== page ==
As a lab safety professional, we know performing risk assessments is an integral piece of managing a safety program. In fact, assessing risks and identifying hazards are considered the beginning steps that must be completed when approaching the management of any safety-related area. Risk assessments are the starting point for handling a bloodborne pathogens program, chemical hygiene, personal protective equipment, and many other lab matters. But how can you be sure they have been performed correctly, and how often should they be performed?
OSHA gives simple guidance on basic assessment of risk in the workplace. “The employer shall assess the workplace to determine if hazards are present, or are likely to be present, which necessitate the use of personal protective equipment (PPE).” They further state, “the employer shall verify that the required workplace hazard assessment has been performed through a written certification that identifies the workplace evaluated; the person certifying that the evaluation has been performed; the dates(s) of the hazard assessment; and which identifies the document as a certification of hazard assessment.”
OSHA’s Bloodborne Pathogens standard requires that labs perform an exposure risk determination for each employee. Labs must assess exposure risk levels by job classification, and then assess exposure risk for tasks performed in the department. The Hazard Communication standard explains the need for chemical hazard determination. There are many types of risk assessments that must be performed, and regulations stipulate that they must be reviewed and updated (if necessary) every year. Things change in a dynamic department like the laboratory, and understanding the changing risks of harm can be key to keeping staff safe.
The four basic steps included in a risk assessment are hazard identification, identifying those at risk, choosing control measures, and reviewing the findings. It may sound easy, but lab hazards can come in many forms (physical, mental, chemical, biological, etc.), so walk around the department to look for those you may have missed. Review incident records as well to see what harm is occurring in the lab. Next, determine what employees may be harmed and how. Consider those who work in the lab each day and those that are just passing through the area. An evaluation of the risks follows. If the risk cannot be removed, decide what controls (engineering, administrative, PPE) need to be in place. Finally, review each risk assessment on a regular basis. Things change in the lab, and with change may come new hazard risks – or even the reduction of potential harm if risks have been reduced via elimination or substitution. Again, examine these assessments at least annually or whenever major changes occur in a particular lab safety arena.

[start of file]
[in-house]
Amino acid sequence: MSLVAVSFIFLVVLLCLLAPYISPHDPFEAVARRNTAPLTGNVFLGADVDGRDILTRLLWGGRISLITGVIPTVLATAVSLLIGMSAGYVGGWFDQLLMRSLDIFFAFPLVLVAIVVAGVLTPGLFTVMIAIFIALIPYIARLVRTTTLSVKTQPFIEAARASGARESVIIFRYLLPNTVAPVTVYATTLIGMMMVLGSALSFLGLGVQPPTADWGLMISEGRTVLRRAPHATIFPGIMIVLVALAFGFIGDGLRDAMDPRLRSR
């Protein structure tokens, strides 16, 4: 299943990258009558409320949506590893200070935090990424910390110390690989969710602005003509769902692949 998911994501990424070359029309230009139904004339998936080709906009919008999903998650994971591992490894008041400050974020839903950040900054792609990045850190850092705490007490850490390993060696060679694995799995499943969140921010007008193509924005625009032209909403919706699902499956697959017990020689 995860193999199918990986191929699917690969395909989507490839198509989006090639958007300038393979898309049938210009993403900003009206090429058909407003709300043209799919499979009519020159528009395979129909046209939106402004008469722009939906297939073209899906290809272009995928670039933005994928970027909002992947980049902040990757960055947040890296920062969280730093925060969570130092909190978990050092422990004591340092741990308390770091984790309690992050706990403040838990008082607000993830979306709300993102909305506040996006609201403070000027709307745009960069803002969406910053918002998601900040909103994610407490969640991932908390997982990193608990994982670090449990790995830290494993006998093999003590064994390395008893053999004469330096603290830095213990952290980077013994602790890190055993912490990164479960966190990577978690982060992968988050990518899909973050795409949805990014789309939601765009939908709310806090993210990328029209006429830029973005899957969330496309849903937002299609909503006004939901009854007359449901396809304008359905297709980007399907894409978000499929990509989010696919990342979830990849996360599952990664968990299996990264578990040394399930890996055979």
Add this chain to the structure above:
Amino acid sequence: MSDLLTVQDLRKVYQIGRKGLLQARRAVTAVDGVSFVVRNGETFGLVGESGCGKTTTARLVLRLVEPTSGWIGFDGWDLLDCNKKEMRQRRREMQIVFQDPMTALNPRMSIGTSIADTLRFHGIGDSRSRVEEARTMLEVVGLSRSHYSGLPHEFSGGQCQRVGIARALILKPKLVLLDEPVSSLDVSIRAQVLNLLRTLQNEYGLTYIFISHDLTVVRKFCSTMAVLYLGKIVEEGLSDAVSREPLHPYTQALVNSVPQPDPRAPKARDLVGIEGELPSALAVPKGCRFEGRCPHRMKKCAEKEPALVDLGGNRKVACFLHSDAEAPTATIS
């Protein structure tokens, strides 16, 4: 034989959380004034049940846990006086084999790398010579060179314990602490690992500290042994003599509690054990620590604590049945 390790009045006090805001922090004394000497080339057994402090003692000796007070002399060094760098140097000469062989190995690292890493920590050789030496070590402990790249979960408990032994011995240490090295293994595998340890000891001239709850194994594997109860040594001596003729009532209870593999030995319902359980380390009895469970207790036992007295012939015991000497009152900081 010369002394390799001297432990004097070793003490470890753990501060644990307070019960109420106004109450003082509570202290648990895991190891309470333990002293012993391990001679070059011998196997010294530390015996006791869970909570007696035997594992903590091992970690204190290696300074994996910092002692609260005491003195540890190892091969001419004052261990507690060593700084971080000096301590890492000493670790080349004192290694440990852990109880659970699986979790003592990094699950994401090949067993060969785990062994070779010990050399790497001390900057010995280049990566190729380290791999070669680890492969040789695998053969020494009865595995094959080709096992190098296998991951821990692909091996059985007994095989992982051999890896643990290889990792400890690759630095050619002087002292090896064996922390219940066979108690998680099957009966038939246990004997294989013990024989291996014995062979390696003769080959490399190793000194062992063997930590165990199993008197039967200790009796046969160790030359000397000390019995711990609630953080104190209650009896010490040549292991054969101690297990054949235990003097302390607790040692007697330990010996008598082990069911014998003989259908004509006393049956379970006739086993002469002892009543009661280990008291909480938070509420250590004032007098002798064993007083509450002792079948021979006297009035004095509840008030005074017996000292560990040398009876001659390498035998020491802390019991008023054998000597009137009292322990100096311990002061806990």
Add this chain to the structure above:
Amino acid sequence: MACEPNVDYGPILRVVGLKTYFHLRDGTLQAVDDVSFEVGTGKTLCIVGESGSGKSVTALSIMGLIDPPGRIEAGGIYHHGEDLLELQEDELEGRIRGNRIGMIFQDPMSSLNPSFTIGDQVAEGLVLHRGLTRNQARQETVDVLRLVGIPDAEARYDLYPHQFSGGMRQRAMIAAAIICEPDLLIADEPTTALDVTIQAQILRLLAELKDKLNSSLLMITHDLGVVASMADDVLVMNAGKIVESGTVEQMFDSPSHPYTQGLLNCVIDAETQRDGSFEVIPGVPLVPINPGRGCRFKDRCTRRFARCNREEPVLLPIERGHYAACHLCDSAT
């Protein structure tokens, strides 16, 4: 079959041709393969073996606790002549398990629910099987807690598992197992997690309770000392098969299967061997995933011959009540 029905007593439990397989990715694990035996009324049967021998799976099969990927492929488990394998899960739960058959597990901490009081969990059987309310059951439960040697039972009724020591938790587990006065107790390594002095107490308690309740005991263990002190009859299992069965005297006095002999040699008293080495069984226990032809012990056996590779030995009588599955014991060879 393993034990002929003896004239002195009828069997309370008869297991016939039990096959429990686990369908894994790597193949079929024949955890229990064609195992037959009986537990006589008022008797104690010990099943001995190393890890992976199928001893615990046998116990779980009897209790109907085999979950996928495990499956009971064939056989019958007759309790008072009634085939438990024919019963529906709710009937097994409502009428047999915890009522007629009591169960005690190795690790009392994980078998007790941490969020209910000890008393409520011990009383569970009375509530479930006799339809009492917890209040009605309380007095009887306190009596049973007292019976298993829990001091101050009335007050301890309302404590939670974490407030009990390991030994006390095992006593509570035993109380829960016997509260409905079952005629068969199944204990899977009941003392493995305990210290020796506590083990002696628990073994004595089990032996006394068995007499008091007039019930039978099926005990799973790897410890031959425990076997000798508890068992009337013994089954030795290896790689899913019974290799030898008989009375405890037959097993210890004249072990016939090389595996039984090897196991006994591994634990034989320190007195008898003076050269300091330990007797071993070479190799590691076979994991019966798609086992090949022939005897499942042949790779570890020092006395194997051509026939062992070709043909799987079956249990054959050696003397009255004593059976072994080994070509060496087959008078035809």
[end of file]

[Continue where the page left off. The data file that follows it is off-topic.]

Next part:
For many laboratories, the advent of the COVID-19 pandemic brought new testing platforms and procedures to the department, and this testing had to be implemented quickly. Is there a way to use risk assessments to help introduce new processes safely? Absolutely! The use of a standard form to assess the potential hazards of new or updated processes and/or equipment is actually a high quality finishing touch on an overall assessment program, and unfortunately, it is something that is often missing in many labs.
Considering the tasks, sample handling, equipment, reagents, and overall biosafety of the new process, choose the likelihood of hazard incidents (rare, possible, likely, etc.), and classify the consequences of each occurrence (minor, moderate, major, etc.). Use a matrix to calculate the overall level of risk for the new procedure or equipment. For example, if a new COVID-19 test platform requires opening samples, the likelihood and risk of exposure may be designated as “high” or even “very high.” Next, determine the controls that should be put in place to decrease the exposure opportunities. For example, if centrifuge rotor covers, a biological safety cabinet, and a surgical mask is added to the normal lab PPE, the overall risk of that testing process is reduced. Document the decision and keep those records available for any future reviews that may be needed. Once the assessment is complete, complete the appraisal of the new process with a quick safety audit. Look for additional biohazards encountered, chemical safety, electrical safety, and even potential waste handling issues. If you couple that safety analysis with the risk assessment, you are doing an above-average job at circumventing hazards in the department. (For examples, go to https://www.aphl.org/programs/preparedness/Documents/APHL%20Risk%20Assessment%20Best%20Practices%20and%20Examples.pdf)
Keeping staff safe from exposures and injuries in the laboratory is a massive and time-consuming task, but it is required by our regulatory agencies and it needs to be a top priority. When used properly and completely, a risk assessments can be a powerful tools that begins your look into safety hazards and then closes the loop to avert them. Having an awareness and control of departmental hazards is one way to rock safety in the laboratory.
–Dan Scungio, MT(ASCP), SLS, CQA (ASQ) has over 25 years experience as a certified medical technologist. Today he is the Laboratory Safety Officer for Sentara Healthcare, a system of seven hospitals and over 20 laboratories and draw sites in the Tidewater area of Virginia. He is also known as Dan the Lab Safety Man, a lab safety consultant, educator, and trainer.